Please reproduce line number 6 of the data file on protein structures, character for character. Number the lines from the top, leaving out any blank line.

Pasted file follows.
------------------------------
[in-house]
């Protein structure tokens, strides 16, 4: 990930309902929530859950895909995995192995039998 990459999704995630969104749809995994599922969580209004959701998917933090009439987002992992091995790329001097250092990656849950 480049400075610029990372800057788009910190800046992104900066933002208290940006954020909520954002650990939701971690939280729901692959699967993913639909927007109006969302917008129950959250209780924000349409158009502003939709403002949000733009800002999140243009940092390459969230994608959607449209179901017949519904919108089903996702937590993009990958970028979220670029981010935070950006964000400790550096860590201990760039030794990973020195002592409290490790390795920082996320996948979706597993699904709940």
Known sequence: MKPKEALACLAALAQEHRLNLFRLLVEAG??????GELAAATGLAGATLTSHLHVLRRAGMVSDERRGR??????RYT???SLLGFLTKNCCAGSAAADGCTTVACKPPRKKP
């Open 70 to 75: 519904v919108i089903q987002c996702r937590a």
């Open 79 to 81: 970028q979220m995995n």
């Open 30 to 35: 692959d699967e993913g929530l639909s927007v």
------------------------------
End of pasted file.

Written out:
């Open 30 to 35: 692959d699967e993913g929530l639909s927007v």